TOLFA Segment 17 Music
All things shall perish from under the sky;
Music alone shall live, music alone shall live,
Music alone shall live, never to die.
Gustav Holst provides a seguay here from our page on Astronomy, with his suite "The Planets" - which offers seven themes, one for each known in his day, imagining Mars for example to represent the "Bringer of War" (we know differently, see Segment 10 ) and Jupiter as the "Bringer of Jollity." It's not exactly the "Music of the Spheres", except perhaps in that haunting and extraordinarily beautiful ending to "Neptune", with the ladies' choir fading off into deep space; but it does form an example of harmless mythology and is one among thousands of classical works that let us wonder at the marvels of music.
What an amazing thing! Music is universal; every society in the world has some form of music. Most of it can be recognized as such by anyone from any culture; we may not be used to the Indian sitar but we can relate to it, find its playing pleasing. We may not know a word of German, but have no trouble at all getting entranced by Bach, Beethoven, Bruckner or Brahms. Music is the only true international language; it completely bypassed the Tower of Babel. We can enjoy music written long ago, in a style that may seem stilted but it still worth hearing. The quote at the page head is surely true; everything comes to an end - except music. Music lasts, it seems, for ever. Hard to beat that; hard to do other than listen in awe and wonder.
Recall that priceless moment in the movie "The Shawshank Redemption?" - Andy, the wrongly imprisoned hero, finds himself alone in the warden's office opening a care-package of LPs for the prison library. He discovers one of the Mozart opera, "The Marriage of Figaro" and plays it on the phonograph, cranking up the volume on the warden's PA system so that it broadcasts throughout the institution. Every single prisoner, in the yard and in the laundry and in the cellblock, stops what he is doing and listens in wonder.
Morgan Freeman, who acts in the film and narrates the story, is heard to say "Those [soprano] voices soared, higher and farther than anybody in a gray place dares to dream. It was like some beautiful bird flapped into our drab little cage and made those walls dissolve away."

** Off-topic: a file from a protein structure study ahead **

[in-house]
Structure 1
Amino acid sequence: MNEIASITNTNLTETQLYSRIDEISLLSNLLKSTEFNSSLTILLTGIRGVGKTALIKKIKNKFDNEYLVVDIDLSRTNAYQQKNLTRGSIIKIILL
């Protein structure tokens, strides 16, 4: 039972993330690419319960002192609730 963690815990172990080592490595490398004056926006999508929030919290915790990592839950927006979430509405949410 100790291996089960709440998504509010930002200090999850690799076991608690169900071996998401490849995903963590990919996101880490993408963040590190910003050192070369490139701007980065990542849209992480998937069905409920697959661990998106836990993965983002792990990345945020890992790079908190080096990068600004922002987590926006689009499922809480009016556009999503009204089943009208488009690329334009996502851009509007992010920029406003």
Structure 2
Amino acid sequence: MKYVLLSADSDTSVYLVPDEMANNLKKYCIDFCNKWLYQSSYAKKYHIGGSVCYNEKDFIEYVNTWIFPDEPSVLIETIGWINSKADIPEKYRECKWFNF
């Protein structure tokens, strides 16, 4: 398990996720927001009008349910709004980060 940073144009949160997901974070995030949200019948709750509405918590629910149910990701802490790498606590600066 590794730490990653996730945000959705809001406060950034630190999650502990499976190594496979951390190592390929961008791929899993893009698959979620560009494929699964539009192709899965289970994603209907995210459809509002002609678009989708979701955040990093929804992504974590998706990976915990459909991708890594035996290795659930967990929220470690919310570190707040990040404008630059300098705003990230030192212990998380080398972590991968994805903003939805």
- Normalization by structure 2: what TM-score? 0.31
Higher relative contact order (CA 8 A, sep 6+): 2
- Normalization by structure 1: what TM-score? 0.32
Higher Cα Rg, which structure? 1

The warden, of course, is furious about the few minutes of undiluted pleasure Andy gave the inmates and puts him straight in solitary.
Most people are not tone-deaf, and can hum or whistle in tune, more or less, even from an early age. Extraordinary! The Western tone scale seems "natural" to our ears, long before we ever discover the exact mathematical relationship among the notes. Any note on one scale ("C", say) has a frequency precisely twice that of the same C note in the scale below. There are 12 notes per scale, and their sound frequencies are divided geometrically, not linearly: they increase not by twelfths, but by multipliers of the twelfth root of 2; thus any note has a frequency greater than the one below by a factor of 1.0594631. Yet with very little practice, a child singer can reproduce that note, as if somewhere in the human brain the twelfth root of 2 is hard-wired, right down to several decimal places! How? - because it "sounds right."
Some say of this marvel "Amen! It's a gift of God!" but as we saw in Segment 5, that does not fly. One cannot "solve" a mystery in terms of a greater mystery, for that would be no solution; one cannot "explain" something in terms of the unexplainable, for that is no explanation. So such a remark is not just irrational, it's anti-rational; it would violate our human rationality. All we can do - until and unless a rational explanation is one day produced - is to marvel at the mystery and enjoy the music.
As we well know, music comes in may different styles and flavors; classical, elevator, rock, country, rap, etc. And, perhaps we may say, government music.
Government music is the kind played most by government bands. It includes "Hail to the Chief", a melody that would drive any sane person stark, staring mad if played to him several times a day as it is to the President; and of course marches, that stir the soul to patriotic thoughts and motivates otherwise peaceful young men to march off to war and do their best to kill other young men, stirred by similar marches, whom they have never met. It includes anthems, usually set around a warlike theme; "Oh say can you see by the dawn's early light / What so proudly we hailed at the twilight's last gleaming?" - and on to the reminder that the Flag survived "the rocket's red glare, the bombs bursting in air." "Oh, say does that star-spangled banner yet wave / O'er the land of the free and the home of the brave?" - excellent question.
On the National holiday of July 4th, it curiously includes perfectly good music imported from Russia: a most popular piece is part of Tchaikovsky's "1812 Overture", written as a memorial to the dead in the disastrous battle of Borodino. There were 60- to 70,000 of them, killed on a single day. The music plays well to firecrackers and rockets, but what on Earth has a bloodbath between two imperial powers got to do with the celebration of the founding of a supposedly free country?
The abilities to play and/or to compose music is by no means universal, though both genetics and upbringing may have something to do with each. Several classical composers were busy writing at the age of five or six, and they had both (remember Mozart in the movie "Amadeus?") - but others had neither. Four extraordinary young men in the English city of Liverpool turned pop music on its head in the 1960s, just by practicing both those talents when they found they possessed them - and by dressing alike and wearing what fast became the "Beatles Haircut."
Music: we can't explain it, yet we do enjoy it. One of the great and delightful mysteries of life, at which to freely marvel.
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